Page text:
- Article by Clémence Carayol
Purcell doesn’t need introducing anymore – the world’s largest team of heritage experts working in architecture, heritage consultancy and master planning celebrates its 75th year anniversary globally, and the tenth year on Australian soil.
2022 is a milestone at Purcell.
It coincides with numerous achievements, such as the practice’s 75th anniversary – including 14 years in Hong Kong along with ten years in Australia now with offices in Sydney, Melbourne and Hobart.
“The single most valuable lesson I have learnt through leading a 75-year-old practice is never to stand still,” says Purcell CEO Mark Goldspink.
“Fourteen years ago, we took the leap to open our first overseas office in Hong Kong and we have never looked back. Since then we have added offices in Sydney, Melbourne and Hobart.
“Last year we transitioned to an employee-ownership model and this has also been a very positive step in the company’s history.
“I’ve seen it has already had a beneficial impact on our ability to attract and retain the best talent, enhancing the innovation, quality and breadth of the services we offer.
“I couldn’t be prouder to see Purcell grow from strength to strength as we continue to develop our expertise in restoring, modernising and extending our most cherished buildings.”
This year is also a synonym of recognition on so many levels for the iconic practice, as it celebrates one year of Employee Ownership, as well as being the biggest architecture firm that specialises in Heritage in the world according to World Architecture 100.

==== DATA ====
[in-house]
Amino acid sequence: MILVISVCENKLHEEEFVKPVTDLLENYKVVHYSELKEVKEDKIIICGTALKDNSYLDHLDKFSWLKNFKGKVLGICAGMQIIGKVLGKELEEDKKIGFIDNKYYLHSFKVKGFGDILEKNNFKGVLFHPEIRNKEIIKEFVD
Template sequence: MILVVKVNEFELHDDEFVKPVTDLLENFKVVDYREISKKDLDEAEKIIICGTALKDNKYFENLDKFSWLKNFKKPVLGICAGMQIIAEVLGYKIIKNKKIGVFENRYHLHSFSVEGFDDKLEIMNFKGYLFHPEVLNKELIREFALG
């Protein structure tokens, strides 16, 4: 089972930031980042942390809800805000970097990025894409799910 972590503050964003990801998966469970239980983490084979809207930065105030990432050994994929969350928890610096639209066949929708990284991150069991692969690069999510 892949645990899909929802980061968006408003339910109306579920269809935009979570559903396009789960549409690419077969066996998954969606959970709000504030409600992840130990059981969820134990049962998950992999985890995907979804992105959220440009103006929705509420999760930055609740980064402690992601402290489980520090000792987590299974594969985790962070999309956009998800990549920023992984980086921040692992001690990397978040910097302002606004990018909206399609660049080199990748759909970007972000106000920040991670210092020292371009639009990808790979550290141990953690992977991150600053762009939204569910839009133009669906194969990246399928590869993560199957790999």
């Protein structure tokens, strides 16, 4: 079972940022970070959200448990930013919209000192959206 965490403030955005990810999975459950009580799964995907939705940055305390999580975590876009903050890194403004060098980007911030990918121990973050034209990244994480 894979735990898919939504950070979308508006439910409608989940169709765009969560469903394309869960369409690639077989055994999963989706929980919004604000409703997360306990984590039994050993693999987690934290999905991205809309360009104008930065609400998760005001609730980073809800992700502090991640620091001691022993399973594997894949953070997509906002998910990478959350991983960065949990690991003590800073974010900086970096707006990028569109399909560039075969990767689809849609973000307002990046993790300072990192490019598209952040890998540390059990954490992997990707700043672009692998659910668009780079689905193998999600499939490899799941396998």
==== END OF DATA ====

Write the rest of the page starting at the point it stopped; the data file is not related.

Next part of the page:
This is no surprise. Purcell’s projects range from award-winning designs for sustainable new buildings, retrofit and adaptive reuse of existing buildings, and heritage consultancy on many of the world’s most well-known landmarks dating from the ninth to the 20th centuries.
Purcell is also part of AJ100 – the definitive list of the biggest UK architectural practices.
The practice has an outstanding portfolio of world-class projects across the UK and Asia Pacific, from cultural, public and hospitality to residential and infrastructure.
One way to explain this success is to look at what makes Purcell so unique.
It all lies in the practice’s approach to every project, as it is not led by a dominant design style or dogma, but by the nature of the buildings and their contexts, the fabric, heritage and the value they could bring to the communities and wider public.
The practice’s approach to sustainability is also inherent to Purcell’s uniqueness, according to the head of sustainability Laura Baron.
“The perception that historic buildings are at odds with a sustainable, low-energy future belongs to the past,” she says.
“The core principle at the heart of heritage conservation is the responsible stewardship of our inherited world.
“This value is intrinsically linked to a regenerative design approach – one which can support planetary health and conserve our natural resources.
“The challenges in Australia are different to those we face in the UK, but the approach is guided by the same principle. We start from a position of knowledge and apply this to the building fabric to understand the best way to approach each case.”
Baron adds that “constructive conservation” is a term used to describe an approach to building conservation, which sensitively manages the changes and alterations necessary to ensure the future of a historic building, and its continued use and enjoyment for the long term.
“At Purcell, we have been retrofitting, conserving and adapting heritage buildings for 75 years which has given us an enormous head-start in what is now quickly becoming a mainstream architectural sector.”